The student news site of Millbrook High School

Cat Talk

  • 2 yearbooks left! $90! See Mrs. Putnam in room 1411.

Growing Racial Tensions

Wake County Schools

Coming+together+as+a+community%2C+as+well+as+in+the+classroom%2C+could+be+just+what+Wake+County+schools+need+in+order+to+stop+the+growing+racial+tension.+Teaching+students+that+racism+is+not+okay+and+enforcing+disciplinary+actions+for+students+who+make+derogatory+comments+is+one+way+that+the+superintendent+has+decided+to+deal+with+racial+incidents.%0A
Coming together as a community, as well as in the classroom, could be just what Wake County schools need in order to stop the growing racial tension. Teaching students that racism is not okay and enforcing disciplinary actions for students who make derogatory comments is one way that the superintendent has decided to deal with racial incidents.

Coming together as a community, as well as in the classroom, could be just what Wake County schools need in order to stop the growing racial tension. Teaching students that racism is not okay and enforcing disciplinary actions for students who make derogatory comments is one way that the superintendent has decided to deal with racial incidents.

wikipedia.org

wikipedia.org

Coming together as a community, as well as in the classroom, could be just what Wake County schools need in order to stop the growing racial tension. Teaching students that racism is not okay and enforcing disciplinary actions for students who make derogatory comments is one way that the superintendent has decided to deal with racial incidents.

London Gardner, Staff Reporter

Hang on for a minute...we're trying to find some more stories you might like.


Email This Story






 According to polls on race relations, in 2010 society seemed to be more accepting of others. However since then,  racial tensions have continued to be on the rise. Recently, in Wake County schools, several incidents have occurred that have questioned Wake County’s ability to control race-induced bullying. These events have occurred at high schools such as Apex Friendship and Wake Forest, and have even reached younger students in places such as Leesville Road Middle School.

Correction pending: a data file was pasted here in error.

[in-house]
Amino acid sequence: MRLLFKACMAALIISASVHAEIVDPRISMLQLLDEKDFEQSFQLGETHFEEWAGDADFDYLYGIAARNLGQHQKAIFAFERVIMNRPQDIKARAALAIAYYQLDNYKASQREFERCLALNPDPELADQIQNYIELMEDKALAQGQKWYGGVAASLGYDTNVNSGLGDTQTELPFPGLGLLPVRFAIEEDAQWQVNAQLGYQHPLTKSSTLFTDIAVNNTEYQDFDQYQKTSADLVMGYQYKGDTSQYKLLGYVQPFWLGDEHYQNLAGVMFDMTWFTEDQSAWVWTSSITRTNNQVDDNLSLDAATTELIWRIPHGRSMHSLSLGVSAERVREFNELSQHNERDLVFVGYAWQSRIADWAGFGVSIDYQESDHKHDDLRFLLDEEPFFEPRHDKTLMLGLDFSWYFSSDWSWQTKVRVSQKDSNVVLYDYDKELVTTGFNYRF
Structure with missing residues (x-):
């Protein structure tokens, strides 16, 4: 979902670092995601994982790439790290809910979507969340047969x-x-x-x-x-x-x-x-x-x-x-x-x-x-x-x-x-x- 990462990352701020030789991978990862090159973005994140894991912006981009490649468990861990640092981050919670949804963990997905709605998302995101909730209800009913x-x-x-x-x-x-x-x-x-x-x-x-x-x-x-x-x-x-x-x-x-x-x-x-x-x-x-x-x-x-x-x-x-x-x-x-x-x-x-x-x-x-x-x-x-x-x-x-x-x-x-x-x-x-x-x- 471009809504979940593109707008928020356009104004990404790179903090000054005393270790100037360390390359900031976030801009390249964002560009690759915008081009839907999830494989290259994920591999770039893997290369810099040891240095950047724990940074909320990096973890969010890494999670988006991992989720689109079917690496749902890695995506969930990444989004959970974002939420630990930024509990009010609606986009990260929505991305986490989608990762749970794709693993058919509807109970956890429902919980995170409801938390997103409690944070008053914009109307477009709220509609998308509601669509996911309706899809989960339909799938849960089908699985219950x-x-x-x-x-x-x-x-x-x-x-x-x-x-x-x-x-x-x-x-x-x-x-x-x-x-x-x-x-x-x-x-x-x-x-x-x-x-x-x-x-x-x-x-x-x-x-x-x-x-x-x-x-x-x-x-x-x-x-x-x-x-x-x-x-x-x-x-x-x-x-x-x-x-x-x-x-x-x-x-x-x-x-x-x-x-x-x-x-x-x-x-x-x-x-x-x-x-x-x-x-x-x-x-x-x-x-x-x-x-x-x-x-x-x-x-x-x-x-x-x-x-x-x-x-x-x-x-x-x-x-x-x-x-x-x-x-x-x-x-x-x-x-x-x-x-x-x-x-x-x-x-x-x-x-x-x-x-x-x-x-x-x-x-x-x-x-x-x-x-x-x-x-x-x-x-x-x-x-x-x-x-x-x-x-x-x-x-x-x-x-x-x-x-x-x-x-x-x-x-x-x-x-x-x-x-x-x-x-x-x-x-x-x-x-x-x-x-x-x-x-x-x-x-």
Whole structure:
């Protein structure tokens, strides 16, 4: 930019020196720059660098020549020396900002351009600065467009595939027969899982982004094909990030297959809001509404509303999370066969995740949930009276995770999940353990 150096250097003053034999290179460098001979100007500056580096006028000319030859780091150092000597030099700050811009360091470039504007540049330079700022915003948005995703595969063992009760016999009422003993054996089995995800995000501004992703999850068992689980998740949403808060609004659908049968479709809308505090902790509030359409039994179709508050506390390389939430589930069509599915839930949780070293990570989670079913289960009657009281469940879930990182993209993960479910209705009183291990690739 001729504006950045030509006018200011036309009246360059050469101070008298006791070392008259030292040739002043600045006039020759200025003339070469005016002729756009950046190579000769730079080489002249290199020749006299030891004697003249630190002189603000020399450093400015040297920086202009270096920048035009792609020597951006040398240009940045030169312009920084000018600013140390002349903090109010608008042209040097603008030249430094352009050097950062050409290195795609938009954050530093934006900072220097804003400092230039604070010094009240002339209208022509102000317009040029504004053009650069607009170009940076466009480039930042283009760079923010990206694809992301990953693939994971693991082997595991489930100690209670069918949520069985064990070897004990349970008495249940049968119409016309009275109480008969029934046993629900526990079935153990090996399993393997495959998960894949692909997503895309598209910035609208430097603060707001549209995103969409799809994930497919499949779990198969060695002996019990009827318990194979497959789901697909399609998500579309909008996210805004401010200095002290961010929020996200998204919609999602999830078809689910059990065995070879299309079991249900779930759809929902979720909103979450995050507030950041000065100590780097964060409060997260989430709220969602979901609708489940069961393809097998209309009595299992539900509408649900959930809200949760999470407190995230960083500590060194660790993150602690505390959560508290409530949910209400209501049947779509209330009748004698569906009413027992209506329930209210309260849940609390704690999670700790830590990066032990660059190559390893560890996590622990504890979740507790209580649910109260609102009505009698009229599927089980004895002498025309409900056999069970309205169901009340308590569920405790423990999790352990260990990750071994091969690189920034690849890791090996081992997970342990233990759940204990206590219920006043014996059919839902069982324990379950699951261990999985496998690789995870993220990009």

On April 28, a Snapchat video was posted of the Apex Friendship High School step team. This post was captioned, “Plantation owner watches his former slaves rejoice and celebrate their newfound freedom Circa 1864” and the video was put in black and white. The video was posted by a white student and was hurtful to the all African American step team. Although the student was disciplined by administration, the students feel that these incidents are not receiving enough attention. At Wake Forest High School, one student decided to take matters into his own hands. For two months, a white student had used racial slurs and derogatory comments with a black student, which finally took a toll on the black student. Earlier this month, this black student had enough and decided to pull his bully to the ground after he had said hurtful comments to him. Both students were disciplined for the forceful act.. However, on May 11, a letter from Wake County Public Schools to the boy’s family revealed that he had been bullied and the teacher did nothing to stop it. The teacher was then suspended without pay. Furthermore, three Raleigh middle schoolers were seen bashing other races in a video posted to social media. Not only did they chant “KKK,” they also said that America does not accept the n-word, Jews, Arabs, or Hispanics. It was said that the students received a mere three day suspension for their racist video which stirred some controversy between the parents of racially targeted students. One parent said that the school system needs to enforce a more severe punishment for the students. This parent even noted that the black student at Wake Forest High had received ten days suspension for standing up for himself while these middle schoolers who had made racist remarks had only received a three day suspension.